The British Government contend that by reason of this judgment the liability of the United States for the damage and loss suffered by the China Navigation Co., in consequence of the collision is covered by the principle of res judicata and, therefore, not open to dispute.

It is unnecessary here to discuss the value of a plea of res judicata before an international tribunal of arbitration. It is a well established rule of law that the doctrine of res judicata applies only where there is identity of the parties and of the question at issue. The only matter before His Britannic Majesty's Supreme Court was the liability of the China Navigation Co., Ltd., as owners of the Newchwang, whereas the question submitted to this Tribunal is the liability of the United States Government as owners of the Saturn. Whatever, therefore, be the connection in fact between the two questions, they are not identical. Further, it is impossible to say that the question of the liability of the United States is concluded by the decision of His Britannic Majesty's Court, when that Court, on the contrary, held that it had no jurisdiction to deal with that question.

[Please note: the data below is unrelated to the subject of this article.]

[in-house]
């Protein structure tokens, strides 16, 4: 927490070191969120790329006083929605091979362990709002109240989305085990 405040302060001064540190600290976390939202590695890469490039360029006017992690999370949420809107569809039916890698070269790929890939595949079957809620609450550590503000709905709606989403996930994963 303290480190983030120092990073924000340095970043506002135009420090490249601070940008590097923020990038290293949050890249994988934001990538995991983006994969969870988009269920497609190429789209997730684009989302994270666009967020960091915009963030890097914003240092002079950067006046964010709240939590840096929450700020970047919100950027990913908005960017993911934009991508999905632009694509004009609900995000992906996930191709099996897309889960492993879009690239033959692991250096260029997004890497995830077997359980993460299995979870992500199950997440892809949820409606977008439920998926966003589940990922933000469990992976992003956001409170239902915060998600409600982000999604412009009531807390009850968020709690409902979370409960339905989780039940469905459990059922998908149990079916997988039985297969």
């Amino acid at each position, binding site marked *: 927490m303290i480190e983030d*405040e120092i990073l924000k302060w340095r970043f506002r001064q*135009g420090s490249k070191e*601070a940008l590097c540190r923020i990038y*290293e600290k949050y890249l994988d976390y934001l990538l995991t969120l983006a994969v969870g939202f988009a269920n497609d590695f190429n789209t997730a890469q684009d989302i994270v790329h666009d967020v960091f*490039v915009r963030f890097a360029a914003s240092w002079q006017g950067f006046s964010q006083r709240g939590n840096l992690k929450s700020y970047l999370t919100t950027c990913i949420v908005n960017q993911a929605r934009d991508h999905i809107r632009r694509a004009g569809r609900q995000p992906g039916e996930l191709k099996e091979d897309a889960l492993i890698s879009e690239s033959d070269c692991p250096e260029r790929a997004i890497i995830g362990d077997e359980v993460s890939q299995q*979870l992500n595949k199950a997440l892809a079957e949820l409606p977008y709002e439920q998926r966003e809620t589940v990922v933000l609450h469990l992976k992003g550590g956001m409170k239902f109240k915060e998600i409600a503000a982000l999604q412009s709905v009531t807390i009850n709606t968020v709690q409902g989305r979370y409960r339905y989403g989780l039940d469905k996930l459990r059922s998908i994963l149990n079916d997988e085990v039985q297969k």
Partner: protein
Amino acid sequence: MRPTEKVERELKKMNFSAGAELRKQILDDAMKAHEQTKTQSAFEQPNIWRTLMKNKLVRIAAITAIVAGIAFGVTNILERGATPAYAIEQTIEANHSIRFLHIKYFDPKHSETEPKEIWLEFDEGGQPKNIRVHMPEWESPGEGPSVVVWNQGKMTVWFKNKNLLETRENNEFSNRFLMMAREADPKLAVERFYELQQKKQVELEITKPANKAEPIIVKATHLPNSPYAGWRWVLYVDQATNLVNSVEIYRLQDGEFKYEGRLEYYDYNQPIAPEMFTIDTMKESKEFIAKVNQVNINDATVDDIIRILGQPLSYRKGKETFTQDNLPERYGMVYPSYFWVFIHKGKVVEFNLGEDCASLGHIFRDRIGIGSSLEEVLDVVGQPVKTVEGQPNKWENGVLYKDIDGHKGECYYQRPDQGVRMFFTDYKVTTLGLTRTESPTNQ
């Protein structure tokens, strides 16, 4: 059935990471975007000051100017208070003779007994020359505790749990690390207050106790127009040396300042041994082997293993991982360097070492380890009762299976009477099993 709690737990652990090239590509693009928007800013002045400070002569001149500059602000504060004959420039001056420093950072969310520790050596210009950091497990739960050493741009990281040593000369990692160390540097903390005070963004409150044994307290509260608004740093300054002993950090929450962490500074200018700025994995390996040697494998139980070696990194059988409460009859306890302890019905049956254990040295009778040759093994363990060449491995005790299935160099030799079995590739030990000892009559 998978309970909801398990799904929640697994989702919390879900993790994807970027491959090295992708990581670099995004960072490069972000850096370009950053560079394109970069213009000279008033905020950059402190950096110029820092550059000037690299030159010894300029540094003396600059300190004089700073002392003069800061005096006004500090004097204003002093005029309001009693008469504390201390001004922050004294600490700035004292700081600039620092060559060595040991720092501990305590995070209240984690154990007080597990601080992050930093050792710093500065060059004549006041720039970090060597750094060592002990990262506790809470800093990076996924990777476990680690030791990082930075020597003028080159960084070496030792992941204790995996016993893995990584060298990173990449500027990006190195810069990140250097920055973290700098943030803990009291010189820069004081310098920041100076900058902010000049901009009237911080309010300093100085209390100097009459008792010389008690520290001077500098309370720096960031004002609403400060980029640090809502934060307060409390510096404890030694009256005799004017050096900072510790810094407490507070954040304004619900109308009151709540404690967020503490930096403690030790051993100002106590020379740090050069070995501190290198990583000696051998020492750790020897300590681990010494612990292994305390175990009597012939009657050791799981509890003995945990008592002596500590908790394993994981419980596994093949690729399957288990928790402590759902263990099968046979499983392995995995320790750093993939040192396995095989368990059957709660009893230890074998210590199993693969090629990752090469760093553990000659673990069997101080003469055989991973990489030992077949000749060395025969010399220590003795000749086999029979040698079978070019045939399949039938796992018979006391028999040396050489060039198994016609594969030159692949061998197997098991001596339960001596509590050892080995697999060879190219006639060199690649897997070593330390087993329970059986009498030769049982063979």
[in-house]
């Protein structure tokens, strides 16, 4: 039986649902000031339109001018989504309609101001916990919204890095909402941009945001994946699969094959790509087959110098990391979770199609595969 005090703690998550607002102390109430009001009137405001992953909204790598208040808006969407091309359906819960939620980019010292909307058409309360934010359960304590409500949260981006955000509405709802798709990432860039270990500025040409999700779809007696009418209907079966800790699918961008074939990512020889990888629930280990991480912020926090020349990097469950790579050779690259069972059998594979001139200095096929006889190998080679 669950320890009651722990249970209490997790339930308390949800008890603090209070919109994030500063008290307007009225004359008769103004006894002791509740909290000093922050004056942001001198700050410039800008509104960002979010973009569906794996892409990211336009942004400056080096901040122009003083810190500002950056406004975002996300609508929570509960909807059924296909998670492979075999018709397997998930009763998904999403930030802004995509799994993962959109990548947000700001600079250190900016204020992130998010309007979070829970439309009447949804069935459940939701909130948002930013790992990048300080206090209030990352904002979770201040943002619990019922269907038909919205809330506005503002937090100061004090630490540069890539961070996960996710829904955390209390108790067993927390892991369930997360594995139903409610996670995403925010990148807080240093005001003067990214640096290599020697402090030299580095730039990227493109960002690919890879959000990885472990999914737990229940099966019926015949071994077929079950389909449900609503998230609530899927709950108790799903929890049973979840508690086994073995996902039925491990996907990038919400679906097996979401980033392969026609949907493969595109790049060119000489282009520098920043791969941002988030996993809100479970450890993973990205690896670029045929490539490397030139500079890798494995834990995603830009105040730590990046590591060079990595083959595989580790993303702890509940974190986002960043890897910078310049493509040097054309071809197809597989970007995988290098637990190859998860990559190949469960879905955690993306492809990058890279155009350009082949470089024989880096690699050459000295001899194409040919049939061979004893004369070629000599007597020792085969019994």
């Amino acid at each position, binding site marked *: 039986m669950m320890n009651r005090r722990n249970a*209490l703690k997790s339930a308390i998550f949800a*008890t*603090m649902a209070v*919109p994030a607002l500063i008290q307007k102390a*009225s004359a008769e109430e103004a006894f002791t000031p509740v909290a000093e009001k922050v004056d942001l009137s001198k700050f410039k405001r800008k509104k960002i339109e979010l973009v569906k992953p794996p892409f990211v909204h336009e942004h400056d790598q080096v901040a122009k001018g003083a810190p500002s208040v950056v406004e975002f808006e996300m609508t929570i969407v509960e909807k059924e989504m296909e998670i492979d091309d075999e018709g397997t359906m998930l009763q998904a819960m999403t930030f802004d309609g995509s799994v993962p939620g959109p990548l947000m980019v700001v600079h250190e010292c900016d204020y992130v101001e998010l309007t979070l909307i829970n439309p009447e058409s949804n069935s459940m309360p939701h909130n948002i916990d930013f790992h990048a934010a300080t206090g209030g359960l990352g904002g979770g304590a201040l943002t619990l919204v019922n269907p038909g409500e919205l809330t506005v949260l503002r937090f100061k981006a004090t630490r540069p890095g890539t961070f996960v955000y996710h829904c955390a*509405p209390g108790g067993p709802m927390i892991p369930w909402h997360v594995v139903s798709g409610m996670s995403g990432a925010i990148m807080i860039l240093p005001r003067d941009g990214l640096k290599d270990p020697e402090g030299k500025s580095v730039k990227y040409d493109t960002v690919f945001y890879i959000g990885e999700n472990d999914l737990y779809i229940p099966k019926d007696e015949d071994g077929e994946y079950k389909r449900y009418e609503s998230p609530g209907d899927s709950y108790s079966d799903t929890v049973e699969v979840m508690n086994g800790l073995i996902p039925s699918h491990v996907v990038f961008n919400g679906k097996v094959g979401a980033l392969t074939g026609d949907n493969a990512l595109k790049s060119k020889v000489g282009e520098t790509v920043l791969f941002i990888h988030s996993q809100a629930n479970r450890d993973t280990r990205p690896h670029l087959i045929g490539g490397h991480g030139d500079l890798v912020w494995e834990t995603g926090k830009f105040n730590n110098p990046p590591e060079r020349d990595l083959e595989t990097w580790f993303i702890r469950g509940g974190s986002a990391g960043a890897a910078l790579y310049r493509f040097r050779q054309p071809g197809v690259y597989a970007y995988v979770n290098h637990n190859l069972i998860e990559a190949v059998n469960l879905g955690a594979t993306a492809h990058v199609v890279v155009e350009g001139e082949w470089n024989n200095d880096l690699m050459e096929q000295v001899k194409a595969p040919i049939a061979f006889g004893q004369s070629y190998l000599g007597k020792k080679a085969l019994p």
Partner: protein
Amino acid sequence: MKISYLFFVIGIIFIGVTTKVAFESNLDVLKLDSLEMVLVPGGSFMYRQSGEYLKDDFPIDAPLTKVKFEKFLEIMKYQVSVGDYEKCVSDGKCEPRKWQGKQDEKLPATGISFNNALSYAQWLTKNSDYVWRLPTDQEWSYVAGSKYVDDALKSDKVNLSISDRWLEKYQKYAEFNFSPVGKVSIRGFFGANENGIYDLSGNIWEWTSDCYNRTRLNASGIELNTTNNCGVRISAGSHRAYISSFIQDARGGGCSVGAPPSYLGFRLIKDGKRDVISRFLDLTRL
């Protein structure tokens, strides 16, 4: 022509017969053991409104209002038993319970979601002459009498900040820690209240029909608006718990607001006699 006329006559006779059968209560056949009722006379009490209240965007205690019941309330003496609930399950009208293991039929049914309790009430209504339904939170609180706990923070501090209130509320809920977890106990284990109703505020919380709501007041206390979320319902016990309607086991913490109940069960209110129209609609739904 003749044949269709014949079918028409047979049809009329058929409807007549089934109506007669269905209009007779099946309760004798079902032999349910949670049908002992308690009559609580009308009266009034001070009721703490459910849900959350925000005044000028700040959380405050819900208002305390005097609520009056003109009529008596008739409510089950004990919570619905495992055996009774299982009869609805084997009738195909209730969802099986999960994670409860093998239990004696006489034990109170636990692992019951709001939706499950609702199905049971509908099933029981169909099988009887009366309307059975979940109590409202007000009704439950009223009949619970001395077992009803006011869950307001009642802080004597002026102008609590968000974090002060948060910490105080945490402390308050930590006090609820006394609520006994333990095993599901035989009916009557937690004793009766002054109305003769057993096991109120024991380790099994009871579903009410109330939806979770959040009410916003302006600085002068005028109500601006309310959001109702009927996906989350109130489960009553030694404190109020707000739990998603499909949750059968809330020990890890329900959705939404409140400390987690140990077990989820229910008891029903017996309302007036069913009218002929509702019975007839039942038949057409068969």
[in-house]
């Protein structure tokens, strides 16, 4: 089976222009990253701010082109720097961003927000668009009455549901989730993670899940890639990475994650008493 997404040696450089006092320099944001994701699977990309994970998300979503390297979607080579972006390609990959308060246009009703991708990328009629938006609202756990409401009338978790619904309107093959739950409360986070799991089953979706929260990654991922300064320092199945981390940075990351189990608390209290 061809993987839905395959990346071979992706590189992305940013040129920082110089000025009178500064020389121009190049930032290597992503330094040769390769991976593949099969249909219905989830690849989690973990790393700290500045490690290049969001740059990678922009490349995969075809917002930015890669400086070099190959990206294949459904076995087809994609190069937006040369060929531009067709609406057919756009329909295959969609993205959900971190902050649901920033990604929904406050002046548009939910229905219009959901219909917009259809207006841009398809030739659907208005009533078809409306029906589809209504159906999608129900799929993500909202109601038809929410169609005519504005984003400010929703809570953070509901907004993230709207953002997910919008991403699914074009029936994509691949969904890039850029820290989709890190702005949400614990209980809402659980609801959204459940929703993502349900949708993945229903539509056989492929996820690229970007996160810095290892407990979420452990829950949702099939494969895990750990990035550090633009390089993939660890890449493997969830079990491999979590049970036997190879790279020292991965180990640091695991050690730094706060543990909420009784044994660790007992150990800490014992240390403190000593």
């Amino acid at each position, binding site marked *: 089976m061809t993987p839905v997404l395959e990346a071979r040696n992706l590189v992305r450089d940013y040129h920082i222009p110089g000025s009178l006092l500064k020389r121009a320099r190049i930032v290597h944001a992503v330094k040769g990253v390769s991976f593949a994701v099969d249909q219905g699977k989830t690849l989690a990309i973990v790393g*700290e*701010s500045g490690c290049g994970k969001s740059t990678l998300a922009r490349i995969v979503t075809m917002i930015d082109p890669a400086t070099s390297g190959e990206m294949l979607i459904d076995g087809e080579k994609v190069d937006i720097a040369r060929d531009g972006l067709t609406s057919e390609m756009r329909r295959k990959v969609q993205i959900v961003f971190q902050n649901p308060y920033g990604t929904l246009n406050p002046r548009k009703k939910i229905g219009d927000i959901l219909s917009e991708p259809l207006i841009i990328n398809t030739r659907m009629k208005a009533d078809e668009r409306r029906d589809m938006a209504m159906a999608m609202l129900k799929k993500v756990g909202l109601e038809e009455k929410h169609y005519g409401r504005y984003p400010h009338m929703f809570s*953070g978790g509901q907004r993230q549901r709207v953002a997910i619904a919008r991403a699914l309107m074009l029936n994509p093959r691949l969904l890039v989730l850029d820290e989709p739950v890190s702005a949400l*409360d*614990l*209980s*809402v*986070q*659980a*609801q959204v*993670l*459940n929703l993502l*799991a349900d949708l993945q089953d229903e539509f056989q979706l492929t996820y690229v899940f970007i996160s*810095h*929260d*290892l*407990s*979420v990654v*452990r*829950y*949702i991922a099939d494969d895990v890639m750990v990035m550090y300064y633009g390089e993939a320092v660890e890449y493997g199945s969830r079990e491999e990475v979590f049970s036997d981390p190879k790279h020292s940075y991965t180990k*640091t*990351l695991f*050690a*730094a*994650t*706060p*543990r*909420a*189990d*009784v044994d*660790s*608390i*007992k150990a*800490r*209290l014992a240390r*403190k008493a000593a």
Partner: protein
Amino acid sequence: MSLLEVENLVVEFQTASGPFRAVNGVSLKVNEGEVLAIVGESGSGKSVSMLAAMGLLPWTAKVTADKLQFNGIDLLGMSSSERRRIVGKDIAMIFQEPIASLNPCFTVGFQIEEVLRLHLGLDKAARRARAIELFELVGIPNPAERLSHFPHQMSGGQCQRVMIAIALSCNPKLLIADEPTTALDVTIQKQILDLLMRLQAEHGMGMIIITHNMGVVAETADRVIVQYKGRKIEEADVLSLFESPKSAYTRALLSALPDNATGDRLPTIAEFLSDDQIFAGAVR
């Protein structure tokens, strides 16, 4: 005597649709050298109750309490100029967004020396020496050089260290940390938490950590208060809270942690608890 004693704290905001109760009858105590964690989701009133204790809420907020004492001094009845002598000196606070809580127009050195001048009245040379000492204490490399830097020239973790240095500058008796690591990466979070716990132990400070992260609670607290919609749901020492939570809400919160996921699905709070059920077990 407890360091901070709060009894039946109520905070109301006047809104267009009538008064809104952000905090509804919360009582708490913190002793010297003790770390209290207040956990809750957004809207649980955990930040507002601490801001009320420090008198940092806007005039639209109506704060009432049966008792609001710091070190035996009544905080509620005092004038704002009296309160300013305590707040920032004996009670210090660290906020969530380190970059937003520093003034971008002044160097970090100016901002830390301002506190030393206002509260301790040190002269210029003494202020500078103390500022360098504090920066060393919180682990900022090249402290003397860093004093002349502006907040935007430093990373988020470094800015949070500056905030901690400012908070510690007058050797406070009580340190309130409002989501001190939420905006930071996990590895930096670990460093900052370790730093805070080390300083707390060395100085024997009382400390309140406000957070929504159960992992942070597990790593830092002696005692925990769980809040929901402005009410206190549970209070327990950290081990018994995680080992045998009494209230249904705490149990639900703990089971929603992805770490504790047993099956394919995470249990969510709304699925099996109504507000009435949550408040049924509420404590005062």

In these circumstances it is for this Tribunal to decide whether the United States Government is liable to pay compensation for the said collision. For this purpose it is authorized by Article 5 of the Pecuniary Claims Convention to consider such evidence and information as may be furnished by either Government.